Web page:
Harvard’s alumni include eight U.S. presidents, more than thirty foreign heads of state, 62 living billionaires, 359 Rhodes Scholars, and 242 Marshall Scholars. As of October 2018, 158 Nobel laureates, 18 Fields Medalists, and 14 Turing Award winners have been affiliated as students, faculty, or researchers.In addition, Harvard students and alumni have won 10 Academy Awards, 48 Pulitzer Prizes and 108 Olympic medals (46 gold, 41 silver and 21 bronze), and have founded a large number of companies worldwide.
Harvard was established in 1636 by vote of the Great and General Court of the Massachusetts Bay Colony. In 1638, it acquired British North America’s first known printing press. In 1639, it was named Harvard College after deceased clergyman John Harvard, an alumnus of the University of Cambridge, who had left the school £779 and his scholar’s library of some 400 volumes. The charter creating the Harvard Corporation was granted in 1650.
A 1643 publication gave the school’s purpose as “to advance learning and perpetuate it to posterity, dreading to leave an illiterate ministry to the churches when our present ministers shall lie in the dust”; in its early years trained many Puritan ministers. It offered a classic curriculum on the English university model—many leaders in the colony had attended the University of Cambridge—but conformed to the tenets of Puritanism. It was never affiliated with any particular denomination, but many of its earliest graduates went on to become clergymen in Congregational and Unitarian churches.
The leading Boston divine Increase Mather served as president from 1685 to 1701. In 1708, John Leverett became the first president who was not also a clergyman, marking a turning of the college from Puritanism and toward intellectual independence.
Throughout the 18th century, Enlightenment ideas of the power of reason and free will became widespread among Congregational ministers, putting those ministers and their congregations in tension with more traditionalist, Calvinist parties.:1–4 When the Hollis Professor of Divinity David Tappan died in 1803 and the president of Harvard Joseph Willard died a year later, in 1804, a struggle broke out over their replacements. Henry Ware was elected to the chair in 1805, and the liberal Samuel Webber was appointed to the presidency of Harvard two years later, which signaled the changing of the tide from the dominance of traditional ideas at Harvard to the dominance of liberal, Arminian ideas (defined by traditionalists as Unitarian ideas).:4–5:24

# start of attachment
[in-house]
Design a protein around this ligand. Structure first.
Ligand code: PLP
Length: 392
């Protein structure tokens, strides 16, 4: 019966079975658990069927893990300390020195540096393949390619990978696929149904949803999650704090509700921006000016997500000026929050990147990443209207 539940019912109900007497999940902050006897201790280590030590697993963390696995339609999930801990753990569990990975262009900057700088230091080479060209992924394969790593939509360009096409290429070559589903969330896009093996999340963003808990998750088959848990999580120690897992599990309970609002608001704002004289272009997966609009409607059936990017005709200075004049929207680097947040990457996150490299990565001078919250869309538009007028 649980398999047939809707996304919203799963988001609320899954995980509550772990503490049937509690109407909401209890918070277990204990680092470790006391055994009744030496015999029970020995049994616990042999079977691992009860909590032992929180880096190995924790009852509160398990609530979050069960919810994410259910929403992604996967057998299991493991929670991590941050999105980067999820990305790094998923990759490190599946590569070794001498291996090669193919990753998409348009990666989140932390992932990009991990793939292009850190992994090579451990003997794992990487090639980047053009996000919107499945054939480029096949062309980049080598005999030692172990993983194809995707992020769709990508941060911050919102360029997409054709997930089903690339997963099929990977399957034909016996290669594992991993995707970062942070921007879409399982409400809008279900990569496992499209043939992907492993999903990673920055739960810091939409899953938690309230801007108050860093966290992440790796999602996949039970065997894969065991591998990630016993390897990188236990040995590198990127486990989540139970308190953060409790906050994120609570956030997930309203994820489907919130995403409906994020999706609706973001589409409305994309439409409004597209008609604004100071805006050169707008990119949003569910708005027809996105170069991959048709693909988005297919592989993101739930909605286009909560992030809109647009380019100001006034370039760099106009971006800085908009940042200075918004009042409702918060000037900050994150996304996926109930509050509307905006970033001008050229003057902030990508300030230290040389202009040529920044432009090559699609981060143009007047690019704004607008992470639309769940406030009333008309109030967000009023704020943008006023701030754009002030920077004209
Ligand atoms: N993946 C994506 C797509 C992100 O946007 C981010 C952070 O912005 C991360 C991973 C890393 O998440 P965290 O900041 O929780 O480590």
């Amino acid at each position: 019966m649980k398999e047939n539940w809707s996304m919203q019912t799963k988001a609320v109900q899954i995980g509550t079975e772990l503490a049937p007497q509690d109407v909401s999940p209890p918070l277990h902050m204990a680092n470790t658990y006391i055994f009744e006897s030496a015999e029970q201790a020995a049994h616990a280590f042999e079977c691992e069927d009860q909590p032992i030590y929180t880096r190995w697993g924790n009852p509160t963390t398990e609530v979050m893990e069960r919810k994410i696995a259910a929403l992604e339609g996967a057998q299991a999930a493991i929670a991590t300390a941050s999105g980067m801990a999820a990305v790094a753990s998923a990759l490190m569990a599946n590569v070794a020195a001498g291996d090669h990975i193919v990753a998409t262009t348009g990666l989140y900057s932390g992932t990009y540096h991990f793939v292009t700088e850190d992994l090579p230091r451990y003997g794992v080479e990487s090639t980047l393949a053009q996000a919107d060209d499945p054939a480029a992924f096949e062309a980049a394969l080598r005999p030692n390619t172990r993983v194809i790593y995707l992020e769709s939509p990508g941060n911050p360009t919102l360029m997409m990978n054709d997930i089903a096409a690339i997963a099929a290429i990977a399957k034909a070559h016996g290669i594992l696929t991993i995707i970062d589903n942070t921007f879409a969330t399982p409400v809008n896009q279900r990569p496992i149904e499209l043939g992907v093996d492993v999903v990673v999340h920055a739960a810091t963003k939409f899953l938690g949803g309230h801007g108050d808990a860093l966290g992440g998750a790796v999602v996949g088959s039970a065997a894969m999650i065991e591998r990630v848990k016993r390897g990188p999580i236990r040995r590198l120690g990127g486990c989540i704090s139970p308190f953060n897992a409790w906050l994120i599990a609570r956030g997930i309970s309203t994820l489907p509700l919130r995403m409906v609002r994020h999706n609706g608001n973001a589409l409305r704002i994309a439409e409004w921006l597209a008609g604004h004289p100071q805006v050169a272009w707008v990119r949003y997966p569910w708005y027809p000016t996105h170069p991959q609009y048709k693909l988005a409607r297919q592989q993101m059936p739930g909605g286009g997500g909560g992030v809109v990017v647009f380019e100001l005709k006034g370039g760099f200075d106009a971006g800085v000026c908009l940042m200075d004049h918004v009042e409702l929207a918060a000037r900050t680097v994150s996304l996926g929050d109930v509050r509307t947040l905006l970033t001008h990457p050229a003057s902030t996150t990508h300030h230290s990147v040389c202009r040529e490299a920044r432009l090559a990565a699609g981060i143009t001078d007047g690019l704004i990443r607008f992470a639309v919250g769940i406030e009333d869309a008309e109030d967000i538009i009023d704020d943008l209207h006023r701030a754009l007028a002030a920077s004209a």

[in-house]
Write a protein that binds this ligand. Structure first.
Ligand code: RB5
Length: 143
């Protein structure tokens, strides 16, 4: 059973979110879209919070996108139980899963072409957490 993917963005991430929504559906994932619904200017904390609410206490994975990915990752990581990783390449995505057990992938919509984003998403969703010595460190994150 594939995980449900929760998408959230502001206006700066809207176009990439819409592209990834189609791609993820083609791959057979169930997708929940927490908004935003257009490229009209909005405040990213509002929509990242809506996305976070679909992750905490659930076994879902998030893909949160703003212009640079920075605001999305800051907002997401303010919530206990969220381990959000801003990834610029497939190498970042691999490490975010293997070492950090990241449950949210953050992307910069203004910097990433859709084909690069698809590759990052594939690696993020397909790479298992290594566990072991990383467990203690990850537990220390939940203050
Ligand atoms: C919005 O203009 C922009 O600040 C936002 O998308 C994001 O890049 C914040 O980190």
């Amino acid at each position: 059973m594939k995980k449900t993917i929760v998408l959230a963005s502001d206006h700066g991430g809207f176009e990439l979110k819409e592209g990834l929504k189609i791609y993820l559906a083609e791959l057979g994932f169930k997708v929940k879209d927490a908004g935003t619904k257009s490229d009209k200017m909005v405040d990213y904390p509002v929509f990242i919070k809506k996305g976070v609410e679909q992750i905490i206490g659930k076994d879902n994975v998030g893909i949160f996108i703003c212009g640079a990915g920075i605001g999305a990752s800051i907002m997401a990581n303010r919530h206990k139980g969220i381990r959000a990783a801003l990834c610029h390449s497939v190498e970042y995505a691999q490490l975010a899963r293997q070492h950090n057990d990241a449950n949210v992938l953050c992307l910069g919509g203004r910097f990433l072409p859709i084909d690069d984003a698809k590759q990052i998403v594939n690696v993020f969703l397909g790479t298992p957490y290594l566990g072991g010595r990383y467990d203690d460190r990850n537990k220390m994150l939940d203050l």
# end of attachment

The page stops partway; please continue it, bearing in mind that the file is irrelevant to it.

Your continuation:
In 1846, the natural history lectures of Louis Agassiz were acclaimed both in New York and on the campus at Harvard College. Agassiz’s approach was distinctly idealist and posited Americans’ “participation in the Divine Nature” and the possibility of understanding “intellectual existences”. Agassiz’s perspective on science combined observation with intuition and the assumption that a person can grasp the “divine plan” in all phenomena. When it came to explaining life-forms, Agassiz resorted to matters of shape based on a presumed archetype for his evidence. This dual view of knowledge was in concert with the teachings of Common Sense Realism derived from Scottish philosophers Thomas Reid and Dugald Stewart, whose works were part of the Harvard curriculum at the time. The popularity of Agassiz’s efforts to “soar with Plato” probably also derived from other writings to which Harvard students were exposed, including Platonic treatises by Ralph Cudworth, John Norris and, in a Romantic vein, Samuel Taylor Coleridge. The library records at Harvard reveal that the writings of Plato and his early modern and Romantic followers were almost as regularly read during the 19th century as those of the “official philosophy” of the more empirical and more deistic Scottish school.